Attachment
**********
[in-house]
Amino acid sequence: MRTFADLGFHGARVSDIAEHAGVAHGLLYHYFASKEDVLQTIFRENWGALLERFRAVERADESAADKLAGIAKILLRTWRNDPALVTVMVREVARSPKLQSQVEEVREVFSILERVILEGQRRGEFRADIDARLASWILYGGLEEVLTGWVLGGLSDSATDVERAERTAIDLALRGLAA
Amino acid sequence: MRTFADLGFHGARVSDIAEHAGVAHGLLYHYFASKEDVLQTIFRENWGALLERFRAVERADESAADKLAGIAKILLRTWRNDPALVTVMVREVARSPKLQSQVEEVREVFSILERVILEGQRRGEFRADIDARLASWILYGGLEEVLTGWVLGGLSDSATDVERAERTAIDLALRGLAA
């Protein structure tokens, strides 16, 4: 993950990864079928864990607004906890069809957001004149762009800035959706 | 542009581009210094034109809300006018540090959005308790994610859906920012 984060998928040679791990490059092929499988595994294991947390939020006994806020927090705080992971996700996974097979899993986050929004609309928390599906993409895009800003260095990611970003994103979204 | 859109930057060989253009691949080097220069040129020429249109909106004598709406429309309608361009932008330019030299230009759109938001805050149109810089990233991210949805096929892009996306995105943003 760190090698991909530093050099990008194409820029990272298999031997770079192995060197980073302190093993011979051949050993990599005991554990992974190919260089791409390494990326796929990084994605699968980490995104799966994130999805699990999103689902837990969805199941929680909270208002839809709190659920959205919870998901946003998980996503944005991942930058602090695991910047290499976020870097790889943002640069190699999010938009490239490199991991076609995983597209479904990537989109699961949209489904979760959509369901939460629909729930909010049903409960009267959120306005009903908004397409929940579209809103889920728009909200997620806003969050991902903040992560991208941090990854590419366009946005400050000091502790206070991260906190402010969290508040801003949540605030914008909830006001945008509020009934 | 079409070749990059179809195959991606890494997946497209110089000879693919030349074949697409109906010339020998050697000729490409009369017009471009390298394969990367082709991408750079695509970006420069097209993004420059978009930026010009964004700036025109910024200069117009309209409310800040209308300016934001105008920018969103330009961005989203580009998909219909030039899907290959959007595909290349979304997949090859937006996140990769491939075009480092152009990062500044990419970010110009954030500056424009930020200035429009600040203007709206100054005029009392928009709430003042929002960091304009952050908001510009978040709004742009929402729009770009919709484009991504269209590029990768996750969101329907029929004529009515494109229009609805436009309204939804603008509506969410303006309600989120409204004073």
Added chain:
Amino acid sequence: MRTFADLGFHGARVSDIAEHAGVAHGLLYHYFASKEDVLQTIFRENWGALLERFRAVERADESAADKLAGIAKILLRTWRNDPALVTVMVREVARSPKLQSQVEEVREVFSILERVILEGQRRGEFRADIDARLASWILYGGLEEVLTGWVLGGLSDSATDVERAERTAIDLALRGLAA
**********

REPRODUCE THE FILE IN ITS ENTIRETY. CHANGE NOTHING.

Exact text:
[in-house]
Amino acid sequence: MRTFADLGFHGARVSDIAEHAGVAHGLLYHYFASKEDVLQTIFRENWGALLERFRAVERADESAADKLAGIAKILLRTWRNDPALVTVMVREVARSPKLQSQVEEVREVFSILERVILEGQRRGEFRADIDARLASWILYGGLEEVLTGWVLGGLSDSATDVERAERTAIDLALRGLAA
Amino acid sequence: MRTFADLGFHGARVSDIAEHAGVAHGLLYHYFASKEDVLQTIFRENWGALLERFRAVERADESAADKLAGIAKILLRTWRNDPALVTVMVREVARSPKLQSQVEEVREVFSILERVILEGQRRGEFRADIDARLASWILYGGLEEVLTGWVLGGLSDSATDVERAERTAIDLALRGLAA
């Protein structure tokens, strides 16, 4: 993950990864079928864990607004906890069809957001004149762009800035959706 | 542009581009210094034109809300006018540090959005308790994610859906920012 984060998928040679791990490059092929499988595994294991947390939020006994806020927090705080992971996700996974097979899993986050929004609309928390599906993409895009800003260095990611970003994103979204 | 859109930057060989253009691949080097220069040129020429249109909106004598709406429309309608361009932008330019030299230009759109938001805050149109810089990233991210949805096929892009996306995105943003 760190090698991909530093050099990008194409820029990272298999031997770079192995060197980073302190093993011979051949050993990599005991554990992974190919260089791409390494990326796929990084994605699968980490995104799966994130999805699990999103689902837990969805199941929680909270208002839809709190659920959205919870998901946003998980996503944005991942930058602090695991910047290499976020870097790889943002640069190699999010938009490239490199991991076609995983597209479904990537989109699961949209489904979760959509369901939460629909729930909010049903409960009267959120306005009903908004397409929940579209809103889920728009909200997620806003969050991902903040992560991208941090990854590419366009946005400050000091502790206070991260906190402010969290508040801003949540605030914008909830006001945008509020009934 | 079409070749990059179809195959991606890494997946497209110089000879693919030349074949697409109906010339020998050697000729490409009369017009471009390298394969990367082709991408750079695509970006420069097209993004420059978009930026010009964004700036025109910024200069117009309209409310800040209308300016934001105008920018969103330009961005989203580009998909219909030039899907290959959007595909290349979304997949090859937006996140990769491939075009480092152009990062500044990419970010110009954030500056424009930020200035429009600040203007709206100054005029009392928009709430003042929002960091304009952050908001510009978040709004742009929402729009770009919709484009991504269209590029990768996750969101329907029929004529009515494109229009609805436009309204939804603008509506969410303006309600989120409204004073």
Added chain:
Amino acid sequence: MRTFADLGFHGARVSDIAEHAGVAHGLLYHYFASKEDVLQTIFRENWGALLERFRAVERADESAADKLAGIAKILLRTWRNDPALVTVMVREVARSPKLQSQVEEVREVFSILERVILEGQRRGEFRADIDARLASWILYGGLEEVLTGWVLGGLSDSATDVERAERTAIDLALRGLAA